There has been widely known a reactive ion etching by which an etchant gas is led into a vacuum chamber to form a plasma gas and a semiconductor wafer is etched by using generated ions.

An internal surface of the vacuum chamber in such a plasma treatment apparatus is usually coated with and protected by a plasma protection member. As such a plasma protection member, alumina has been conventionally used. When plasma is generated in the vacuum chamber, however, a part of a product such as ions collides with the internal surface of the vacuum chamber, which separates aluminum from alumina to be discharged in the chamber.

That is, when the aluminum is mixed in the plasma, the obtained mixture is led into the wafer as a contaminant.

Further, since the alumina discharges an oxygen gas as well as the aluminum, the oxygen gas mixed in the plasma adversely affects a photoresist or a shape to be formed when etching the wafer.

In order to solve such a problem, there has been proposed use of a protection member made of silicon carbide having a double structure in which a silicon carbide film is deposited on a sintered silicon carbide in place of using alumina as the plasma protection member.

An example of use of the silicon carbide for the plasma protection member is disclosed in Japanese patent laid-open publication No. Hei 10-139547.

However, there occur various problems even if the silicon carbide having such a double structure is used as the plasma protection member on the internal surface of the vacuum chamber.

One problem lies in that a high-frequency induced current for generating the plasma produces an eddy current in the silicon carbide and this eddy current breaks an electromagnetic field, which can cause a defect in a plasma density distribution or heat generation of the internal surface.

SUMMARY OF THE INVENTION

In order to eliminate the above-described problems, it is an object of the present invention to provide a plasma treatment apparatus capable of stably maintaining the state of the plasma in a chamber without discharging a contaminant from a chamber internal surface into the chamber.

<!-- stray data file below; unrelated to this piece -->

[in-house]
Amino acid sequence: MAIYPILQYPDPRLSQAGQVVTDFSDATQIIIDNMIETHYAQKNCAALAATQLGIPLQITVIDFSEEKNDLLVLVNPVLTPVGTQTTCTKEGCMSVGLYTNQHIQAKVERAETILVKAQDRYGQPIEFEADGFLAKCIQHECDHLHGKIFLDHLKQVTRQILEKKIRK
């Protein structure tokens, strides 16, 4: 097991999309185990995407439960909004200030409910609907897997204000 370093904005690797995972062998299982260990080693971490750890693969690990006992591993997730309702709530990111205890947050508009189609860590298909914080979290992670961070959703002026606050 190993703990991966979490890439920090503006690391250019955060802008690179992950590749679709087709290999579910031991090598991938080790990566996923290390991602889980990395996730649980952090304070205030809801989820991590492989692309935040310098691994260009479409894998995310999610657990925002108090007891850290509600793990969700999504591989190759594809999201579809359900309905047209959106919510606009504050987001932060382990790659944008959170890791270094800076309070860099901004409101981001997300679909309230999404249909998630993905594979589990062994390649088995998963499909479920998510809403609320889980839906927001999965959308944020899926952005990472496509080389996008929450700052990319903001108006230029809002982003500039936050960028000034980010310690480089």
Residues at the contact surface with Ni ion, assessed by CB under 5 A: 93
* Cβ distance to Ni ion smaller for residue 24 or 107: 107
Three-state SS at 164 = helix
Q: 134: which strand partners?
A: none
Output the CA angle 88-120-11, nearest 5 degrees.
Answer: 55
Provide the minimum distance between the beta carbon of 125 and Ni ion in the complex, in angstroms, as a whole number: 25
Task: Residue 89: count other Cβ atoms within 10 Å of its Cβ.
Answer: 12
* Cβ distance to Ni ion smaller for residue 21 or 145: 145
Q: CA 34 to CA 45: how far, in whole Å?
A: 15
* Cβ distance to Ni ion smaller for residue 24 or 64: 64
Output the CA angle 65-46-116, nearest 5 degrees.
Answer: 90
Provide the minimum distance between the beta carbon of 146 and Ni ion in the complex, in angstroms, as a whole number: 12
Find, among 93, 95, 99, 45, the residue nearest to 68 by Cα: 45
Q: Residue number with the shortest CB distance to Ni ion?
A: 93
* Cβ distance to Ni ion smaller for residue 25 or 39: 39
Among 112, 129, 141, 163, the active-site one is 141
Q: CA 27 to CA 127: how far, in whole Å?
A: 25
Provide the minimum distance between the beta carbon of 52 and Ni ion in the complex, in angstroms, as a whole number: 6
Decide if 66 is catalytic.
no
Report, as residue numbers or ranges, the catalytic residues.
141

The present invention provides a plasma treatment apparatus comprising a plasma reaction chamber having an internal surface covered with a plasma protection member, wherein the protection member is constituted by a sintered silicon carbide to which boron is added to enhance the resistivity and a silicon carbide film, which is deposited on the sintered silicon carbide and has high purity and low resistivity, includes filament grooves which partition the silicon carbide film.

Further, in the plasma treatment apparatus, it is desirable that a width of the filament groove is smaller than twice the thickness of an ion sheath of the plasma which can be generated in the plasma reaction chamber. Furthermore, it is desirable that a thickness of the silicon carbide film is in a range of 0.5 mm to 6 mm. Moreover, adjustment of the boron content of the sintered silicon carbide is desirable in order that the resistivity of the sintered silicon carbide is increased from 102-3 Ωcm to 107-9 Ωcm. It is to be noted that the protection member may be used for an inductively coupled plasma (ICP) window.

BRIEF DESCRIPTION OF THE DRAWINGS

FIG. 1 is a cross-sectional view showing a structure of a plasma protection member used in a plasma treatment apparatus according to a preferred embodiment of the present invention; and

FIG. 2 is a view showing a sectional structure of the plasma treatment apparatus of FIG. 1.

DETAILED DESCRIPTION OF THE INVENTION

A preferred embodiment according to the present invention will now be described with reference to the accompanying drawings.